interest in usual activities, decreasing strength, and body aches among others.
There is an old saying that there is no such thing as overtraining, just under
eating. While this may be true in many individuals, this will not be true if you
are following my hardcore bulking diet.
The following is a 4 day per week workout, designed to train each body part one
time per week, with overlap usually working each part twice per week. Each
workout day should allow for one hour of training, rest periods are to be 2-3
minutes between sets for all large compound movements, and 1 minute for smaller
exercises. You should strive to increase weight by 5lbs per week in all large
compound movements, and 2.5 lbs in small movements. It is important to either go
up in reps or weight each workout. Do not guess, keep a log book, just as with
your diet, you cannot know what you are doing and where you are going, if you do
not know where you have been. It takes 2 seconds to write down your sets and
reps in a small book, and then refer to it the next week so you know what you
need to improve on when you start your workout. Have a solid game plan, do not
walk around the gym with imaginary lat syndrome like the rest of the morons who
do not make any gains year after year. Commit to making gains, follow my
training and diet and you will grow�it is that simple.
Day 1: Chest and Delts
Bench Press 5x5 (ex: 135x5, 185x5, 225x5, 315x5, and 365x5)
Incline dumbbell press 3x8
Weighted Dips 3x8 *
Jerk and Press 5x5
Side laterals 2x12
Day 2: Legs
Leg Extensions 2x15
Stiff leg deadlifts 3x8
Heavy dumbbell lunges 3x6
Standing calf 3x12
Seated calf 3x8
Day 3: Back
Chins 3x max reps or Pulldowns if you are too weak or heavy to do chins
Reverse grip barbell rows, Yates style 3x8
Rack Deadlifts 5x5 **
Barbell Shrugs 3x6
Reverse flyes 2x15 ***
Day 4: Arms, Abs and other crap
Standing barbell curl 3x8
Reverse grip bench on smith 3x12 ****
Preacher curls 3x8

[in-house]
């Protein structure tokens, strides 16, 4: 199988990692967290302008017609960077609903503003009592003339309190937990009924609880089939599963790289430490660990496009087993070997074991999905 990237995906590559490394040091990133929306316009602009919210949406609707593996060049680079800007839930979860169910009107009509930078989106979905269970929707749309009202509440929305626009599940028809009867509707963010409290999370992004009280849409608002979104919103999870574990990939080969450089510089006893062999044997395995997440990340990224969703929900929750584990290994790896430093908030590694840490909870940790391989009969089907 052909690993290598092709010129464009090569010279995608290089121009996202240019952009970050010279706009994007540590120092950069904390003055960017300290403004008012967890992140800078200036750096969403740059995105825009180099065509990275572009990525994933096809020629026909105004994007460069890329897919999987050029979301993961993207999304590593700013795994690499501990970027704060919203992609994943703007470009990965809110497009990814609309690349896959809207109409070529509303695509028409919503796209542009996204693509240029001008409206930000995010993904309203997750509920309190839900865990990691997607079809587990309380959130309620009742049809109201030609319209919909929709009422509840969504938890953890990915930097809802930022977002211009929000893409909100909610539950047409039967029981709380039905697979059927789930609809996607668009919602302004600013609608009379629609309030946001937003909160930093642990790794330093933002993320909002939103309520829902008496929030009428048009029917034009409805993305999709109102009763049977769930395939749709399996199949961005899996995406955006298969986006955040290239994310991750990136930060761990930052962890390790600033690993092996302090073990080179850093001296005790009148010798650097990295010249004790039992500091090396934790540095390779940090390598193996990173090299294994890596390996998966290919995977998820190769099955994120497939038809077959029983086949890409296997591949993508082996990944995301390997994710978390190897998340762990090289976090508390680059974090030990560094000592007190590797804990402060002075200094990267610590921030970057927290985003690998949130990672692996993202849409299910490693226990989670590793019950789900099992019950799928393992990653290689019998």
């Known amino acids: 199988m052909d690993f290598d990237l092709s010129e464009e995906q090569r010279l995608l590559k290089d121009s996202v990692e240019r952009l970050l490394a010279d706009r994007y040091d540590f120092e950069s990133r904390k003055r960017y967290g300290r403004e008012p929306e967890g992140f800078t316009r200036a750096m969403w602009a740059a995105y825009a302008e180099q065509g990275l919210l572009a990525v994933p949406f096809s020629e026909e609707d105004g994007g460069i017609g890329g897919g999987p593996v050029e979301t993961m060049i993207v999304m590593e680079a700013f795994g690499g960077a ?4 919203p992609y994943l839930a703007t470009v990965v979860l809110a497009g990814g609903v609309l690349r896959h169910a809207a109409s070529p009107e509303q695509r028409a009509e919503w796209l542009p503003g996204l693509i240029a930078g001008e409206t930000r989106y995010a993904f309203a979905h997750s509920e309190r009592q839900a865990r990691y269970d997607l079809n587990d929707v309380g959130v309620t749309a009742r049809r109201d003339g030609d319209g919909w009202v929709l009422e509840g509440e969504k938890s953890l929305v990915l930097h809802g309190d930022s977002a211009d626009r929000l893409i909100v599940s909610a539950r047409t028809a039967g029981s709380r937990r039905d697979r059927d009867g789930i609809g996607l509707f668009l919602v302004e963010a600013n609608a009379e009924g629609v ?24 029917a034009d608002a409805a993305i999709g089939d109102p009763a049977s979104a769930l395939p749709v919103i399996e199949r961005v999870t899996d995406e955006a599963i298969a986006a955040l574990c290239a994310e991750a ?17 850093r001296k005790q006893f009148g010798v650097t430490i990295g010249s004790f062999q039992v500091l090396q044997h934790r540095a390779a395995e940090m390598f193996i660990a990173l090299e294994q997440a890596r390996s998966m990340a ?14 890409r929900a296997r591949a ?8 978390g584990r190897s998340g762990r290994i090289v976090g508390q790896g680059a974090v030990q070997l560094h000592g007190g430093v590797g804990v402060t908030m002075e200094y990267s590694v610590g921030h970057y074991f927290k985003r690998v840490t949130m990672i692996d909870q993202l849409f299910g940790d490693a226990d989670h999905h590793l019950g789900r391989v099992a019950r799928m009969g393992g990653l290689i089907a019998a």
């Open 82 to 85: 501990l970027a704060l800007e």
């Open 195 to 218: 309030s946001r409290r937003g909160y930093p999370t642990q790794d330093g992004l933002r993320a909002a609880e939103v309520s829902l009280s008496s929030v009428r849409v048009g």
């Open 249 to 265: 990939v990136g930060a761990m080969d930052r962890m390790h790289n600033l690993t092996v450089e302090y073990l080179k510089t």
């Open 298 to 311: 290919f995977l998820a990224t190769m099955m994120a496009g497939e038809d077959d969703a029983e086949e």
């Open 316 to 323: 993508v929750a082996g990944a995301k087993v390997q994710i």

Skull crushers 3x12
Full body stretching
* Dips for chest require elbows tucked in close to your body, chin tucked in
your chest and a forward lean.
** Set the pins 2 inches below your kneecaps on the squat rack. Add as much
weight as you can, take a wide stance and pull your dead. You will be able to
use much more weight and the focus will be on your traps and lats.
*** Bend over at the waist with 20lb or so dumbbells and do what is similar to
db chest flyes but reverse them to work your rear delts, rhomboids and terres
major and minor.
**** Use a smith machine and weight similar to your bench press. Keep your
triceps tucked in close to your body, lay totally flat on the bench and hold the
bar across your palms with your fingers facing away from your body � toward your
toes, the opposite of a bench press grip. Let the weight come down slowly
building tension in your triceps like a spring and then explode up. Higher reps
make the triceps grow faster, you do low rep tricep workouts with chest and delt
That is it, each workout is one hour if you are slow, 30 minutes on a quick day.
The point is not how much you do, it is how hard you do it. For some trainers
this might seem like too much, for others, not enough. Even though the large
exercises are listed as 5 sets, that includes your warm-up and working sets. See
the example for bench, if you can do 365 for 5 reps, start with 135lbs for 5
reps, go to 185 for 5 reps, etc until you reach your working set as your last
set. That 5th rep must absolutely be your last rep. The following workout, use
that weight until you get to 8-10 reps, then add weight to bring it back down to
the 5th rep being your last and repeat each workout in that fashion so you make
gains every single week. So while 5 sets may seem like a lot on paper, you are
really only doing one all out full working set on each exercise with it taken to
full muscular failure.
I do not like or recommend forced reps. If you can�t lift it, you shouldn�t.
Sticking points is one issue, but you have all seen the kid in they gym benching
225lbs, where he is only do 135lbs and his partner is rowing the rest. Don�t be
that guy. Do your own damn set and rack it. Occasionally add a drop set,
pre-exhaust, change the order of the exercises that day, etc., but stick to the
workout and make an honest effort to go up in weight each week or add reps.
Do this while following my hardcore diet in article one and you will make gains,
bar none. Even supposed hard gainers add 10-20 pounds of mass while following my
workouts. Drugs are not needed, food is. But since most everyone is on a cycle
these days, part 3 will address the hardcore cycle�.stay tuned.
By Gavin Kane